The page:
A core requirement in forming a startup is to spend time reflecting on the product you’re developing and, particularly, what problems are people buying that product to solve? Are there enough customers to actually build a business that can grow, or is the business so narrowly defined that it’s potential is little more than a supplementary income for one person? The latter is not a startup.

In the interview with Ali the moderator Scott Kurnit (found of about.com) asked a wonderful question, “Twenty years into the Internet, why do we get to do something new…why hasn’t it all been done…why wasn’t this done 5 years ago?”

As Kurnit suggests, it’s often because technology has changed (particularly with regards to mobile) or consumers have changed. Ali goes a step further and reveals the forumla behind his successful strategy, “I love businesses that are a layer on top of existing businesses.”

For those of us who lovel travel, Ali offers a vision at the 8.33 mark in the video as to why travel is important:  “travel is a lens that can bring understanding to the world”.

The challenge is creating a livelihood through a travel startup.

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Field Trip app hints at Google’s future

Aimed at travelers & locals curious to learn more about their city, Google’s Field Trip app (Android only for now) serves up content based on your specific location within that city. The app launches today in six cities.

The app, oddly for a Google product, presents a very nice visual design. There’s  even a sleek made-for-tv commercial. What is Google up to with this app?

An insightful post on the New York Times Bit blog predicts that the app “reveals a lot about the big directions Google wants to go.”

Note the binocular/field glasses motif that also forms the icon for the Field Trip app.

Are those field glasses just ornamentation, clever use of graphics,  or a hint towards Google’s future attempt to disrupt mobile computing with Google Glass & wearable computing?

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Where are the Apps for the Armchair Traveler?

Mobile developers & entrepreneurs occasionally forget that smartphones and tablets are often used in the home. The iPad makes an excellent lean-back device. We mostly recognize that tablets excel as devices for reading, watching, shopping, & other “passive” activities. Obviously I’m leaving out a wide range of tablet uses but for the sake of this particular analysis let’s focus on that passive behavior of consuming content.

People create startups based around ideas where they understand the possibilities. Are their untapped possibilities to provide valued products to users sitting at home in a cozy chair?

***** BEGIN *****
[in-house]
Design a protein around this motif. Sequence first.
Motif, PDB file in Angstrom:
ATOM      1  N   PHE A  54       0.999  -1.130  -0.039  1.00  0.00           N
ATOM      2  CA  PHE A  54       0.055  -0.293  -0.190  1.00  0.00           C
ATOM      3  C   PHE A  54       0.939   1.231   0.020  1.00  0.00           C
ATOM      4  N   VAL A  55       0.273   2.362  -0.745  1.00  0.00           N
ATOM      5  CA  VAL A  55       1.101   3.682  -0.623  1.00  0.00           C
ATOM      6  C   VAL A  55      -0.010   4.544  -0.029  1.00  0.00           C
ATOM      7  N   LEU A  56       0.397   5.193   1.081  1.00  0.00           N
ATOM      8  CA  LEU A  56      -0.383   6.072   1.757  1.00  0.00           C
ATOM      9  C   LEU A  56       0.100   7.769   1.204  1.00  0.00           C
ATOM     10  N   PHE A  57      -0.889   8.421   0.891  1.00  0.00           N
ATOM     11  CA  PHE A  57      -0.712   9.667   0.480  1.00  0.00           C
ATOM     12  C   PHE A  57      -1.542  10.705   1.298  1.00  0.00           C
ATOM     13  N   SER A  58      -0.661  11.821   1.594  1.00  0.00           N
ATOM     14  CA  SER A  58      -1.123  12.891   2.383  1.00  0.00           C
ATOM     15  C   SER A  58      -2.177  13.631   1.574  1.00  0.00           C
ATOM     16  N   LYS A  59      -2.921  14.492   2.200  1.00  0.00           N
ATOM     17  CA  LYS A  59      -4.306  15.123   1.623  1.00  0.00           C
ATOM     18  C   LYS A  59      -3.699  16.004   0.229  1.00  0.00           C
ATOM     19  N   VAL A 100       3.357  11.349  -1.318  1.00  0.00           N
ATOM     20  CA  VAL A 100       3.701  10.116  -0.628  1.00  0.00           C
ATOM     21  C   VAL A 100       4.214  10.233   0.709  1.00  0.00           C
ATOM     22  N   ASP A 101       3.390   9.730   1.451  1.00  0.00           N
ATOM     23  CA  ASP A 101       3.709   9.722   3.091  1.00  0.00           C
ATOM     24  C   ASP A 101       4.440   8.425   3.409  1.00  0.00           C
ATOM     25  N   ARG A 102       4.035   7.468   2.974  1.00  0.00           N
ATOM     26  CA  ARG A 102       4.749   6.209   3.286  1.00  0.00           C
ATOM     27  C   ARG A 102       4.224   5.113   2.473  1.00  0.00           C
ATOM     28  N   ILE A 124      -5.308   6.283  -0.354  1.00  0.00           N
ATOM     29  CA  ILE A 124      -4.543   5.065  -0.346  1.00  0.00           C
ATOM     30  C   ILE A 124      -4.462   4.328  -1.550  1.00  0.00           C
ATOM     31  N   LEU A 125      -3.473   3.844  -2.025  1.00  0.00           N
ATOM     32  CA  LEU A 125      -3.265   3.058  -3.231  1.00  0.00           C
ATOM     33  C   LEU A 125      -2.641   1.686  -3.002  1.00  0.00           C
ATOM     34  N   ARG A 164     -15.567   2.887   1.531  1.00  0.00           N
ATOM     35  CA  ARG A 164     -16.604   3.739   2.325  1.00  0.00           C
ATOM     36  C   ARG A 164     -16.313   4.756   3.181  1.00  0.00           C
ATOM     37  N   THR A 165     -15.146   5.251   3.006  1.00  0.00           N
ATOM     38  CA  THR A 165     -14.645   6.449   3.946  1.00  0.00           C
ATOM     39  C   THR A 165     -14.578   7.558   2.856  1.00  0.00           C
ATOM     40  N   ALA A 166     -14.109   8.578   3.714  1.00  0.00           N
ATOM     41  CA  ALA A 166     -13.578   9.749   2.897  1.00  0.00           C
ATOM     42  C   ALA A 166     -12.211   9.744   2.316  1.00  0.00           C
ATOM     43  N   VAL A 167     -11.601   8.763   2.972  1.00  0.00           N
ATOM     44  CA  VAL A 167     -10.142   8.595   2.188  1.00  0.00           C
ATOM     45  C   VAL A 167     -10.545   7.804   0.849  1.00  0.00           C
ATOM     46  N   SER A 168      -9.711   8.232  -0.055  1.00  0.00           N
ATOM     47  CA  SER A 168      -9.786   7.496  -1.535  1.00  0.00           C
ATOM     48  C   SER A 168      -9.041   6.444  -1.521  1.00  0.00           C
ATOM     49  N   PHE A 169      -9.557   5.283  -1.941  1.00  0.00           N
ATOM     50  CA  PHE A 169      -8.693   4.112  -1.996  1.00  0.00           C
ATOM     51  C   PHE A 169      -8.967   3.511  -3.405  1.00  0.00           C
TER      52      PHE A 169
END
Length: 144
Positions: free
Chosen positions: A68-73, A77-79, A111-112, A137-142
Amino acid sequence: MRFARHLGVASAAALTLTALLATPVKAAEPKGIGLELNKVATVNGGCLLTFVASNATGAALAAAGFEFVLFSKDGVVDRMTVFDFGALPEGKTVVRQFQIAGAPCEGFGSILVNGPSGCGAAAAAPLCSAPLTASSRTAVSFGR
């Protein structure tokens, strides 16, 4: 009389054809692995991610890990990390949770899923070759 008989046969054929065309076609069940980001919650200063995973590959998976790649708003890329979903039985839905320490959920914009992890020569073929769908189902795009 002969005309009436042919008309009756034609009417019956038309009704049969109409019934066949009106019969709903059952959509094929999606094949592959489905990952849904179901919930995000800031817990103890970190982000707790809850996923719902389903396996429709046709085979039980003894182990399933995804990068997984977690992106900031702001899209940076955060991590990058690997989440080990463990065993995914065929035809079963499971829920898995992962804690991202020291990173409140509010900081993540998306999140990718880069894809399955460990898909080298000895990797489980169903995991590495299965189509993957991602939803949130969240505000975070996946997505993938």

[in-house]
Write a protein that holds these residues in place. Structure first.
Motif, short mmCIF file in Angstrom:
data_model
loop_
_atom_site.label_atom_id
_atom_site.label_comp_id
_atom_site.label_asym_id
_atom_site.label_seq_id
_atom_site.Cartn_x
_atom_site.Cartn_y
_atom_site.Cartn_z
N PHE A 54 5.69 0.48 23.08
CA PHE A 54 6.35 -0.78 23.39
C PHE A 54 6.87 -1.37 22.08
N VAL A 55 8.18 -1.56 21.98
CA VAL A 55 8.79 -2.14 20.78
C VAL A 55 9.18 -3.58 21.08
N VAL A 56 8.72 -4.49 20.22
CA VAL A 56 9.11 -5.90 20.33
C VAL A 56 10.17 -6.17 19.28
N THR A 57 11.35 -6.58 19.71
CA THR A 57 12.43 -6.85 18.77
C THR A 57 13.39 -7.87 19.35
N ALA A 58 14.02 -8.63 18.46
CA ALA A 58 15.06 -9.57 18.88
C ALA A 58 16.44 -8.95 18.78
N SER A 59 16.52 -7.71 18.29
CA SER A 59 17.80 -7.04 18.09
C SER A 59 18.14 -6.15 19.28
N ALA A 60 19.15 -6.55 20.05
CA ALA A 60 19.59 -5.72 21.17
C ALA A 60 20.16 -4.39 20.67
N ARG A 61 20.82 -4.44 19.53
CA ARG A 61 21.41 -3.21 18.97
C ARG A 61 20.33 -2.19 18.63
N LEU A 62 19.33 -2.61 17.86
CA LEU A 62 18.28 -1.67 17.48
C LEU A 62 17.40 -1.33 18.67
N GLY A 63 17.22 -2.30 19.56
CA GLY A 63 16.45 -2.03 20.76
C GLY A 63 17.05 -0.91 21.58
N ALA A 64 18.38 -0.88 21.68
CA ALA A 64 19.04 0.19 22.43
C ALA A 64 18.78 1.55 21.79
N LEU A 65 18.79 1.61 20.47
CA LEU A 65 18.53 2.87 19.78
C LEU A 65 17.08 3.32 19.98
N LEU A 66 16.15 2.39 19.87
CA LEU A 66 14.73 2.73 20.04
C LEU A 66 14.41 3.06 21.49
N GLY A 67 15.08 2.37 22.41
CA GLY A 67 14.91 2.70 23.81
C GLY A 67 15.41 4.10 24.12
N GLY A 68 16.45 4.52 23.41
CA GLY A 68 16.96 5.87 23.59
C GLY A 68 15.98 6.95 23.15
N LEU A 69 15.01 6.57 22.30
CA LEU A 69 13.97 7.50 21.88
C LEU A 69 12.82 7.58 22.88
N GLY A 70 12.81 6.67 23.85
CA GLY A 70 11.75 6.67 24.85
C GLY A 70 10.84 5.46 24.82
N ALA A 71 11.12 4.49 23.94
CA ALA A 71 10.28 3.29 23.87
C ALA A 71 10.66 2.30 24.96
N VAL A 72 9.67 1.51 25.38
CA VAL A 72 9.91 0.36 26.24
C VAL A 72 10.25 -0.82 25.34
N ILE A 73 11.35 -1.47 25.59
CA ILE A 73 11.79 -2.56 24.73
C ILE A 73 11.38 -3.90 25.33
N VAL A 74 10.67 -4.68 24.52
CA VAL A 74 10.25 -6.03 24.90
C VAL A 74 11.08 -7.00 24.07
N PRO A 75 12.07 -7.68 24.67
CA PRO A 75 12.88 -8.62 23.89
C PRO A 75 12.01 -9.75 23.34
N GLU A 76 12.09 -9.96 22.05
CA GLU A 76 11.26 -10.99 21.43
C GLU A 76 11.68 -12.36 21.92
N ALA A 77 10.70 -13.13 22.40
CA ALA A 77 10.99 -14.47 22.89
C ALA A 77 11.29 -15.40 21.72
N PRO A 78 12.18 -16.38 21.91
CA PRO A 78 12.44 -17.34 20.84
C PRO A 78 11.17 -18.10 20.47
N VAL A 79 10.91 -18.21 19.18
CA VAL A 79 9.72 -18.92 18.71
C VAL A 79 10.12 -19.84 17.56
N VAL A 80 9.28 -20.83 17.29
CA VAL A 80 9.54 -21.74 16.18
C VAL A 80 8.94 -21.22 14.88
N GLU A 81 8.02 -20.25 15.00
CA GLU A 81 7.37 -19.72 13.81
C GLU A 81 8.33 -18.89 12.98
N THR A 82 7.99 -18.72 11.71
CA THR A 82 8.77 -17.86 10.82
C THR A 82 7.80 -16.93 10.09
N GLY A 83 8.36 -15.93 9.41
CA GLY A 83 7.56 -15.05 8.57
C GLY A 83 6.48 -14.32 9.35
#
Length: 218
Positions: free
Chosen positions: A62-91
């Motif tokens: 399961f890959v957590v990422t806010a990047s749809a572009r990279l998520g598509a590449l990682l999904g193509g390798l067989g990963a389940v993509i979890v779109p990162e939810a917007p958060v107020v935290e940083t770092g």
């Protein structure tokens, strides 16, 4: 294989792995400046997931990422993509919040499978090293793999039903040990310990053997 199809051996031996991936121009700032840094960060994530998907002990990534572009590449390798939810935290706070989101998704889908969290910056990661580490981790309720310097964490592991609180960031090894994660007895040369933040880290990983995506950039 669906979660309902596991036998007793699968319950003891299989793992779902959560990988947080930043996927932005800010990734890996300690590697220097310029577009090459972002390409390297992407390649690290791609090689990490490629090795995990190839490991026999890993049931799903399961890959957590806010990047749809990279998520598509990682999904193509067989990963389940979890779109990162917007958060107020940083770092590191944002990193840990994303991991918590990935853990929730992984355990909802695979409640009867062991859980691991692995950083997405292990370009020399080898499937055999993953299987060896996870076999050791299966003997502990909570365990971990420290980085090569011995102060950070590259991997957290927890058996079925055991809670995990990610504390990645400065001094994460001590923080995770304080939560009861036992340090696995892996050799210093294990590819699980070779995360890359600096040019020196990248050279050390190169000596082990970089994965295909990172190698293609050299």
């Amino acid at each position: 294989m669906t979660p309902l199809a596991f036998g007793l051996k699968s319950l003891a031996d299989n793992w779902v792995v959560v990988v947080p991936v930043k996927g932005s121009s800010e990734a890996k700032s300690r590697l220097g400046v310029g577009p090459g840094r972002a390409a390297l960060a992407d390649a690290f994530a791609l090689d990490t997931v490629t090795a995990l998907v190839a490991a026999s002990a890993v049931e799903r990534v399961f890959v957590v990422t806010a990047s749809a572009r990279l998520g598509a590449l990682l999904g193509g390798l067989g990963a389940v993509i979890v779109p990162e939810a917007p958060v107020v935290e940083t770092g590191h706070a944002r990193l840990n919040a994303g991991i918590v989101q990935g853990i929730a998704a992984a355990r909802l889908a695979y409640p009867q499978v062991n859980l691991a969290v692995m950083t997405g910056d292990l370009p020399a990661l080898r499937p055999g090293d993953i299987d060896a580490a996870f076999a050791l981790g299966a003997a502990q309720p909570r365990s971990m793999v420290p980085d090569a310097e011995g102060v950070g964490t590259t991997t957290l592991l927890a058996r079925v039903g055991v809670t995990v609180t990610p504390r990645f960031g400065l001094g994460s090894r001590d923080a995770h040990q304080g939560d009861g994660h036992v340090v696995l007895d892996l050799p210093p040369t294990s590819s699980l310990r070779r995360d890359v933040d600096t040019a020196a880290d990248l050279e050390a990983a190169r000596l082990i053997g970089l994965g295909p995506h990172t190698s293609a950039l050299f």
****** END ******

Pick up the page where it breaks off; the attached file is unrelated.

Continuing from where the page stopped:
The Armchair Traveler

I continued to be astonished at the absence of apps aimed at the armchair traveler: the person sitting at home who is planning a trip or, very likely, just curious to learn about the world.

The Fotopedia apps are among the best examples of current apps that serve the armchair traveler by offering spectacular images by professional photographers.

A couple of print publishers that have surprised me by not doing more with apps are DK and Insight Guides.

DK’s Eyewitness Travel books are beautifully designed for appealing specifically the person who is not at that destination.  Those are great books for planning a trip & figuring out the sights you want to see. But they’re even better for getting a sense of a place without ever going there.

More than 10 years ago I was browsing in a bookstore with a friend when I brought the  DK Eyewitness Travel Guide: Japan

My friend, rather curiously, asked, “When are you going to Japan?”

I answered, “I don’t know. I just want to learn about it.” A decade later I’ve still not been to Japan, but I have purchased many DK guidebooks. Yet, as someone who has traveled a lot, I would never take one of those books on a trip. That’s not because I can get all sorts of information online these days. It’s because the books are simply not that useful at a destination. Better to have a Lonely Planet or Rough Guide.

Since DK truly understands the visual I was excited when they released an app for iPad. Sigh, as a long-time DK customer how disappointed I was at their iPad offering. It was okay but didn’t inspire me in the same way as the printed edition. That’s not because print has any intrinsic quality over digital in this case. I ended up deleting the app after not much use and am really hesitant to ever buy another app from DK. Hmmm, but I would still buy their books and will give an app by DK another chance at some point.

I mentioned Insight Guides, which is a very different type of publisher from DK. Whereas DK publishes visually rich, but content thin, volumes. Insight Guides produces in-depth, mostly historical accounts of destinations. Great opportunity for repurposing these products onto a new platform, but the publisher has taken the rather bland approach of converting to e-books. Well, that’s a step and the title offering should certainly exist as -ebooks. I’m not doubting that.

The holdback

What’s keeping publishers from creating more exciting apps for armchair travelers? Certainly the cost & complexity of app development is the major factor. Then there’s the issue of multiple platforms. Not only does technical expertise need acquiring, but also the platform requires a new way of conceptualizing the product. And that’s the really hard part.